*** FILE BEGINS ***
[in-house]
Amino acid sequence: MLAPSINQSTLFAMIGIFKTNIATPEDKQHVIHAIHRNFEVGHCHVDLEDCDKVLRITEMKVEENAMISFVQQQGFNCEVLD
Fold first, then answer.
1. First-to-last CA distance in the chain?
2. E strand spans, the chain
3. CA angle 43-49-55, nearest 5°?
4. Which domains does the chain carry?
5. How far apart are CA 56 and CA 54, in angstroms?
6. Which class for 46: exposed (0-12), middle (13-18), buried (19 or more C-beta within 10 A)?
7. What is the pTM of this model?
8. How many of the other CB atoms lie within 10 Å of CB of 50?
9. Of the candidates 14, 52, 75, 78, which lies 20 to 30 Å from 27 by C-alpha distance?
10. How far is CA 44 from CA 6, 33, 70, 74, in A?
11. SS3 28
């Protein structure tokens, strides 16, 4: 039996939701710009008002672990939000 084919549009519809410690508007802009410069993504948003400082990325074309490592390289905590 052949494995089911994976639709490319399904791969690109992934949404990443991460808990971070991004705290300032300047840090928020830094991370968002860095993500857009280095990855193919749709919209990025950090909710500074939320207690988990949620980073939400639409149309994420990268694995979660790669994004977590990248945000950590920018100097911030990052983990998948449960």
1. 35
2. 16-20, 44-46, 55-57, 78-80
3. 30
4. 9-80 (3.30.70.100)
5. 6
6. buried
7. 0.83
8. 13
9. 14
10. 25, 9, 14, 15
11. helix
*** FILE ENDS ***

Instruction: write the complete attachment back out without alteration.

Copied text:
[in-house]
Amino acid sequence: MLAPSINQSTLFAMIGIFKTNIATPEDKQHVIHAIHRNFEVGHCHVDLEDCDKVLRITEMKVEENAMISFVQQQGFNCEVLD
Fold first, then answer.
1. First-to-last CA distance in the chain?
2. E strand spans, the chain
3. CA angle 43-49-55, nearest 5°?
4. Which domains does the chain carry?
5. How far apart are CA 56 and CA 54, in angstroms?
6. Which class for 46: exposed (0-12), middle (13-18), buried (19 or more C-beta within 10 A)?
7. What is the pTM of this model?
8. How many of the other CB atoms lie within 10 Å of CB of 50?
9. Of the candidates 14, 52, 75, 78, which lies 20 to 30 Å from 27 by C-alpha distance?
10. How far is CA 44 from CA 6, 33, 70, 74, in A?
11. SS3 28
């Protein structure tokens, strides 16, 4: 039996939701710009008002672990939000 084919549009519809410690508007802009410069993504948003400082990325074309490592390289905590 052949494995089911994976639709490319399904791969690109992934949404990443991460808990971070991004705290300032300047840090928020830094991370968002860095993500857009280095990855193919749709919209990025950090909710500074939320207690988990949620980073939400639409149309994420990268694995979660790669994004977590990248945000950590920018100097911030990052983990998948449960």
1. 35
2. 16-20, 44-46, 55-57, 78-80
3. 30
4. 9-80 (3.30.70.100)
5. 6
6. buried
7. 0.83
8. 13
9. 14
10. 25, 9, 14, 15
11. helix